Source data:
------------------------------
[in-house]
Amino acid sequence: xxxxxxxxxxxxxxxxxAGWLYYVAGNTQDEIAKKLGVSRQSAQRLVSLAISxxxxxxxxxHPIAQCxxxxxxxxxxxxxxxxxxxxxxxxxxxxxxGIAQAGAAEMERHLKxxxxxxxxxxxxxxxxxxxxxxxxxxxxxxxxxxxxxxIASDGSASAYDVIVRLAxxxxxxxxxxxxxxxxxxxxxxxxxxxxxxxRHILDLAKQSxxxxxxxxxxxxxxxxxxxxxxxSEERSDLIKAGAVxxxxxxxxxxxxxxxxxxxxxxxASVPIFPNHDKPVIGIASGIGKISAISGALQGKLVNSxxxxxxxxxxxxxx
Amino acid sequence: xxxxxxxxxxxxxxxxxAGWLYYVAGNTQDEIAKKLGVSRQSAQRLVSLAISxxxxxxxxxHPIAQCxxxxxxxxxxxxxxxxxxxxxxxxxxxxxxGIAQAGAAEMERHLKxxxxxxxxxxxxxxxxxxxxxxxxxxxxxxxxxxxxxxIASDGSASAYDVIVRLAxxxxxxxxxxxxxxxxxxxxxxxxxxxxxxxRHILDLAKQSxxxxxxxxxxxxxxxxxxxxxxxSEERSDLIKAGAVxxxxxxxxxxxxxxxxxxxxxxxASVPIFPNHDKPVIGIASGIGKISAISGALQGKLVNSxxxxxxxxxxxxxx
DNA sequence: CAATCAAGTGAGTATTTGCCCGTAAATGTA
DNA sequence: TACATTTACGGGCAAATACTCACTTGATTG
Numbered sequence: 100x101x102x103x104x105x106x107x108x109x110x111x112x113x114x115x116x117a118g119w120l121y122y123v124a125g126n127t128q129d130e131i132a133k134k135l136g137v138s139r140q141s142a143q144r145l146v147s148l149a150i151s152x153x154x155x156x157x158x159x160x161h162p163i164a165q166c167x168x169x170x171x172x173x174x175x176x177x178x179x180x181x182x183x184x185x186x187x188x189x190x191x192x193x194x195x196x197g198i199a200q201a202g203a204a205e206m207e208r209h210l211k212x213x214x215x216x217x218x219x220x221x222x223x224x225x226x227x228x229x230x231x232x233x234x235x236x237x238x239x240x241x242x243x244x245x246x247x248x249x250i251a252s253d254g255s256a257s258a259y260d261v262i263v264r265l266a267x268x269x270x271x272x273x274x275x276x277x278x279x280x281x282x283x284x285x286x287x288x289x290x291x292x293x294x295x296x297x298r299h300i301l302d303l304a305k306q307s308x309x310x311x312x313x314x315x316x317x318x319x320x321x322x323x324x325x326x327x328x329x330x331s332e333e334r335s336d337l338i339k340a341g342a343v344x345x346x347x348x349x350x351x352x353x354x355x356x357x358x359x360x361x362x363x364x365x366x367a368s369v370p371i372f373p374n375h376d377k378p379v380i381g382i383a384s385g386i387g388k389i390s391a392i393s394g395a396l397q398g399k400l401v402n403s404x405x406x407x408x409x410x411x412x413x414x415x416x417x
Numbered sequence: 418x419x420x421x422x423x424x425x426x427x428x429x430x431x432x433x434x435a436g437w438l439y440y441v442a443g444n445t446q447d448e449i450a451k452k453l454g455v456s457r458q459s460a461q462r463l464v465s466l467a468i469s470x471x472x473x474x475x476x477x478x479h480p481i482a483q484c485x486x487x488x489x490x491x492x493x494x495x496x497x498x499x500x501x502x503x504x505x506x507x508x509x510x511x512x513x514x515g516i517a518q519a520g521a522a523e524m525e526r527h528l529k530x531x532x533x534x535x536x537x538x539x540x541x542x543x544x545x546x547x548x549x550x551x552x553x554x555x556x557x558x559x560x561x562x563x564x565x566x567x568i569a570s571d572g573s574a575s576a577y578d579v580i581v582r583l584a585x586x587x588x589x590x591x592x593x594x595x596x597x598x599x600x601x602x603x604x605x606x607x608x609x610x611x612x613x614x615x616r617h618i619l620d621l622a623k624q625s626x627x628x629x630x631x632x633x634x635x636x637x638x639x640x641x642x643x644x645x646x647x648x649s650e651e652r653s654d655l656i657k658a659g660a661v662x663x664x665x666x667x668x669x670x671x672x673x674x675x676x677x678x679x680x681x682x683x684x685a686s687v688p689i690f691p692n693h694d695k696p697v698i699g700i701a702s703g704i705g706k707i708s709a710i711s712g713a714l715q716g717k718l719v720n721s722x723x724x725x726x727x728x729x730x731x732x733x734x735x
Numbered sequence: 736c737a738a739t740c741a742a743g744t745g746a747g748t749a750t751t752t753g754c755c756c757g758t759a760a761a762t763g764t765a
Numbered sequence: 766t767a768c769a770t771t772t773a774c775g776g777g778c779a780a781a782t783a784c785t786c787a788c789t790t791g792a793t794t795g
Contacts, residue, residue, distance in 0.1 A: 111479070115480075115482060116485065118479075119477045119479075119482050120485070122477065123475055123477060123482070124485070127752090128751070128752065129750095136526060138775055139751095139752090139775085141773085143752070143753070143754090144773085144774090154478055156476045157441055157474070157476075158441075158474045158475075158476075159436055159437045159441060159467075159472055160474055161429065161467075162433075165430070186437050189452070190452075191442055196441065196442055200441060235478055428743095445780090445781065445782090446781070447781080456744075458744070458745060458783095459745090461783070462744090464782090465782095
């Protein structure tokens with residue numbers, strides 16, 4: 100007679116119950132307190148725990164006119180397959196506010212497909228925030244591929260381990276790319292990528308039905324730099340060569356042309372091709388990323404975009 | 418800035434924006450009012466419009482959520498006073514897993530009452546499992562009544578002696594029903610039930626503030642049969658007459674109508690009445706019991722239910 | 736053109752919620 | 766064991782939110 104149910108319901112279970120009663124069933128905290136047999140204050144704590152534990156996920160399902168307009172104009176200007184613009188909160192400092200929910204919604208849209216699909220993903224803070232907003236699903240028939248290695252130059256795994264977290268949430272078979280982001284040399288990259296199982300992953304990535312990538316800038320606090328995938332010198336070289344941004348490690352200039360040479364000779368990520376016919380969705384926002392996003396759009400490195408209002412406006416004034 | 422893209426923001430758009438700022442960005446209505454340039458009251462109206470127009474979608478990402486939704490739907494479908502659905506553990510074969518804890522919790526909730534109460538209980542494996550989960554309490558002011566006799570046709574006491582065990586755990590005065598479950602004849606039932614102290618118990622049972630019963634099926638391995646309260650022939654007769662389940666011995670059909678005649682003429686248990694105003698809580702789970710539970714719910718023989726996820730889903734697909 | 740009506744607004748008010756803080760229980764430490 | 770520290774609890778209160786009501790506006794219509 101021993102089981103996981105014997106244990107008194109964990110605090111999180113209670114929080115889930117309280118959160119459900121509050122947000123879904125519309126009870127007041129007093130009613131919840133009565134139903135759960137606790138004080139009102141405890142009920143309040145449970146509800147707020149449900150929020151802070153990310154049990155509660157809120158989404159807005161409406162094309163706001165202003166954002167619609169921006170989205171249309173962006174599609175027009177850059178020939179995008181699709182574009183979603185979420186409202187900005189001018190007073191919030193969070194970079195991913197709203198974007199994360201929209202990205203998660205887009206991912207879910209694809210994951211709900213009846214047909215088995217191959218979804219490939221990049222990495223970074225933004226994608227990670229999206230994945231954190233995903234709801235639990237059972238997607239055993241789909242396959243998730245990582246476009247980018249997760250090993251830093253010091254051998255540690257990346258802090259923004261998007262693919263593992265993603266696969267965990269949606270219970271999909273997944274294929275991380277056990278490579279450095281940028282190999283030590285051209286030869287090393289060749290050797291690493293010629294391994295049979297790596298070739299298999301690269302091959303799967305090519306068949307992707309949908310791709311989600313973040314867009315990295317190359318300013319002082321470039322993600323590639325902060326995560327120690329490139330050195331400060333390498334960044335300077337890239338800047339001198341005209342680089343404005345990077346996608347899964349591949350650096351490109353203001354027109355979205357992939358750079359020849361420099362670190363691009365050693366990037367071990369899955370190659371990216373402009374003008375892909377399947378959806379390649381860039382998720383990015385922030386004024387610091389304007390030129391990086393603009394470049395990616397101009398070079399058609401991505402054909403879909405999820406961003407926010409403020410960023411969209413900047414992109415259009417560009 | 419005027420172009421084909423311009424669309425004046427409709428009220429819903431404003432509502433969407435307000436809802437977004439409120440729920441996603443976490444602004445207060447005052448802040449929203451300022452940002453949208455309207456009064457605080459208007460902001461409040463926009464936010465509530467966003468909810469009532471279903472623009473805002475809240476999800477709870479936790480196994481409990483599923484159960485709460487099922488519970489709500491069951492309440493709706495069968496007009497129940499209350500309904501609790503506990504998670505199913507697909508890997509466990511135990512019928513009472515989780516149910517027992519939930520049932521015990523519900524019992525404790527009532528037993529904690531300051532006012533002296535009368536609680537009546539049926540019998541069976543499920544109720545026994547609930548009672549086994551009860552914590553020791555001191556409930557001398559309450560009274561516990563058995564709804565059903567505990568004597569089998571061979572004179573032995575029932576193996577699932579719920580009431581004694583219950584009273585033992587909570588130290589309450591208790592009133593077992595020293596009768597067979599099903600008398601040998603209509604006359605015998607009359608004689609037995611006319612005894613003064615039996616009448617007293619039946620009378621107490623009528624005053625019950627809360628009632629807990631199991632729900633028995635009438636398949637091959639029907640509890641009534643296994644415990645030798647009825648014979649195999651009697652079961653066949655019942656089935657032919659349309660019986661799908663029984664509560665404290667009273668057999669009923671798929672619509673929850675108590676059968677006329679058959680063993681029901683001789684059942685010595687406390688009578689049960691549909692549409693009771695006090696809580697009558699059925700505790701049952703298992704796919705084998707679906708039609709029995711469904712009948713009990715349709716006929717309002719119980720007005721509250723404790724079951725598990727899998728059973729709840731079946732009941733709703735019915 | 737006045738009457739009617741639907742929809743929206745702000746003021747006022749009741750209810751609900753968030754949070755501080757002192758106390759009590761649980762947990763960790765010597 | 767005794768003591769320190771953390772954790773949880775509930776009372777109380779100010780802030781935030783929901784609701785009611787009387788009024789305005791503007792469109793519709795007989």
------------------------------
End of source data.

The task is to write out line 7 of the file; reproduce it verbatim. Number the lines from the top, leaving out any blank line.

Numbered sequence: 418x419x420x421x422x423x424x425x426x427x428x429x430x431x432x433x434x435a436g437w438l439y440y441v442a443g444n445t446q447d448e449i450a451k452k453l454g455v456s457r458q459s460a461q462r463l464v465s466l467a468i469s470x471x472x473x474x475x476x477x478x479h480p481i482a483q484c485x486x487x488x489x490x491x492x493x494x495x496x497x498x499x500x501x502x503x504x505x506x507x508x509x510x511x512x513x514x515g516i517a518q519a520g521a522a523e524m525e526r527h528l529k530x531x532x533x534x535x536x537x538x539x540x541x542x543x544x545x546x547x548x549x550x551x552x553x554x555x556x557x558x559x560x561x562x563x564x565x566x567x568i569a570s571d572g573s574a575s576a577y578d579v580i581v582r583l584a585x586x587x588x589x590x591x592x593x594x595x596x597x598x599x600x601x602x603x604x605x606x607x608x609x610x611x612x613x614x615x616r617h618i619l620d621l622a623k624q625s626x627x628x629x630x631x632x633x634x635x636x637x638x639x640x641x642x643x644x645x646x647x648x649s650e651e652r653s654d655l656i657k658a659g660a661v662x663x664x665x666x667x668x669x670x671x672x673x674x675x676x677x678x679x680x681x682x683x684x685a686s687v688p689i690f691p692n693h694d695k696p697v698i699g700i701a702s703g704i705g706k707i708s709a710i711s712g713a714l715q716g717k718l719v720n721s722x723x724x725x726x727x728x729x730x731x732x733x734x735x